If you have another source of Internet and want to use a modem as backup in case of connection loss then Connection Failover will work to switch between the other source and the modem without user intervention. This feature is only available on routers using 4meg images and only works the other Internet source being something other than a modem. Routers using an 8meg image use Load Balancing to achieve failover.
Connection Failover is restricted to two different types of Internet source. The Primary source can be either the Wan (wired Internet) or a Wifi Hotspot connection. The Secondary source can be one of the two modems. Each Internet source is checked to see if it is working by pinging a specified server. If the Primary source fails the ping test then the Secondary source is activated to handle traffic from the Internet. When the Primary source is active again then a switch is made back to it and the Secondary source is deactivated.
To set up Failover go to the Modem menu and the Connection Failover submenu.
- Failover Enabled is used to enable this feature. By default it is disabled.
- Tracking IP is the IP Address of a site you wish to ping. An IP Address must be entered in this box in order for Connection Monitoring to work. By clicking on the green plus at the end of the box you can have multiple IP Addresses that you wish to ping. If multiple Tracking IPs are defined then these are pinged one after the other and the number of responses are kept track of for that ping session.
- Tracking Reliability is the number of Tracking IPs that must respond each time a ping session is done in order for the connection to be deemed up or down. It must be less than or equal to the number of Tracking IPs defined.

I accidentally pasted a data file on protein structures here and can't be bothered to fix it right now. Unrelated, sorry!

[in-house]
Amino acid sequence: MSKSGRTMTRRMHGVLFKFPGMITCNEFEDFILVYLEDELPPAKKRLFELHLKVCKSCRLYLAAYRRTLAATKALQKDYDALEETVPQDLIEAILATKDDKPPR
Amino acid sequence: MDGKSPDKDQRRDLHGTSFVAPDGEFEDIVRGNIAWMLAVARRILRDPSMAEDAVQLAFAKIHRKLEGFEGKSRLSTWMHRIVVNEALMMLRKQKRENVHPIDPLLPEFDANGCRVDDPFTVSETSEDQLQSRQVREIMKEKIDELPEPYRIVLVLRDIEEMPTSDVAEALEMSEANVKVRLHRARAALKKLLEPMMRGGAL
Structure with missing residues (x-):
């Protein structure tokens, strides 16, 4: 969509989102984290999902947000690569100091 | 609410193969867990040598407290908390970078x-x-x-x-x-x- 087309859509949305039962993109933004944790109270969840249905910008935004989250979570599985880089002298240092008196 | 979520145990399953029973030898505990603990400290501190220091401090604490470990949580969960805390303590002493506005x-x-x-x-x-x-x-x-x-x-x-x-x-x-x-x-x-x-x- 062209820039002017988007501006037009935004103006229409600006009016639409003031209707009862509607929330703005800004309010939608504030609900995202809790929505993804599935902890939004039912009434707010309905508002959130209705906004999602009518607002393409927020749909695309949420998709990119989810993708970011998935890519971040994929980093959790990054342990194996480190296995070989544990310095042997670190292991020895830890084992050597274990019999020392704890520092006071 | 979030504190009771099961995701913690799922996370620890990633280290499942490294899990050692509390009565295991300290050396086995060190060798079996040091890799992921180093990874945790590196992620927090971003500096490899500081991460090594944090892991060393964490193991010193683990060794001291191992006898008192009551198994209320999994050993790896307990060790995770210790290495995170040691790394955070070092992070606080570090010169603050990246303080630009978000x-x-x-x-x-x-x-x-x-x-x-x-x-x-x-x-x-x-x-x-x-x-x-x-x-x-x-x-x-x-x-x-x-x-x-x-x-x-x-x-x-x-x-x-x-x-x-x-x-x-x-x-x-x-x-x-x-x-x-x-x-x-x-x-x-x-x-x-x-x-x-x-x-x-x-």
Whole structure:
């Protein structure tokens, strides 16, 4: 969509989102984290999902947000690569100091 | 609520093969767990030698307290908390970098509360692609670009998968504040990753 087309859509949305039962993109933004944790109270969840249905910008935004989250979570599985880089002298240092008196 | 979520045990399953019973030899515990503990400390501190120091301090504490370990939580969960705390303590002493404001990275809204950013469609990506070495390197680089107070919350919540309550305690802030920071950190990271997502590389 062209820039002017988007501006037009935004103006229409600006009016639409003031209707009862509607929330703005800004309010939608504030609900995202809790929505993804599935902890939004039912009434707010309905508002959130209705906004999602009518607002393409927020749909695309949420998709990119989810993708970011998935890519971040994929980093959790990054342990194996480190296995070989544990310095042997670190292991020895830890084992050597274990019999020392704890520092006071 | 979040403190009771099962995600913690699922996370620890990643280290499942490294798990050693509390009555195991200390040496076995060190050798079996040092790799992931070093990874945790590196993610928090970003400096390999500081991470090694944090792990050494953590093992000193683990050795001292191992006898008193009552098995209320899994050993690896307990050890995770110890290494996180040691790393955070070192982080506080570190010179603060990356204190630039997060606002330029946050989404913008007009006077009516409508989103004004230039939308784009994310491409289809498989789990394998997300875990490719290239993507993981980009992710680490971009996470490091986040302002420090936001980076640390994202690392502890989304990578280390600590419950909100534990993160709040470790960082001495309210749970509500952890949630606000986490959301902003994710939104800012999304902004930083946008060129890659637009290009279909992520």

- Ping Count is the number of packets sent during a ping to a Tracking IP. A larger number of packets can ensure that a ping response occurs in congested areas.
- Ping Interval is the amount of time between each ping session. The longer this interval the less data that is used pinging the Tracking IPs but it is also slower to determine if a connection is up or down.
- Ping Timeout is the amount of time that the Connection Monitor waits after sending a ping for its response. If no response is obtained in this time then the ping is assumed to be lost. This time may be increased if congestion is slowing down your connection.
- Interface Down is the number of ping sessions that failed to return the number of pings defined by Tracking Reliability as required before the connection is deemed to be down.
- Interface Up is the number of ping sessions that returned a response of the number of pings defined by Tracking Reliability as required before the connection is deemed to be up.
The default values will work quite well in most situations but connections that suffer from congestion or other problems may have to be customized to avoid false indications of the connection being down.
The status of Failover is displayed at the bottom of the Status Overview page.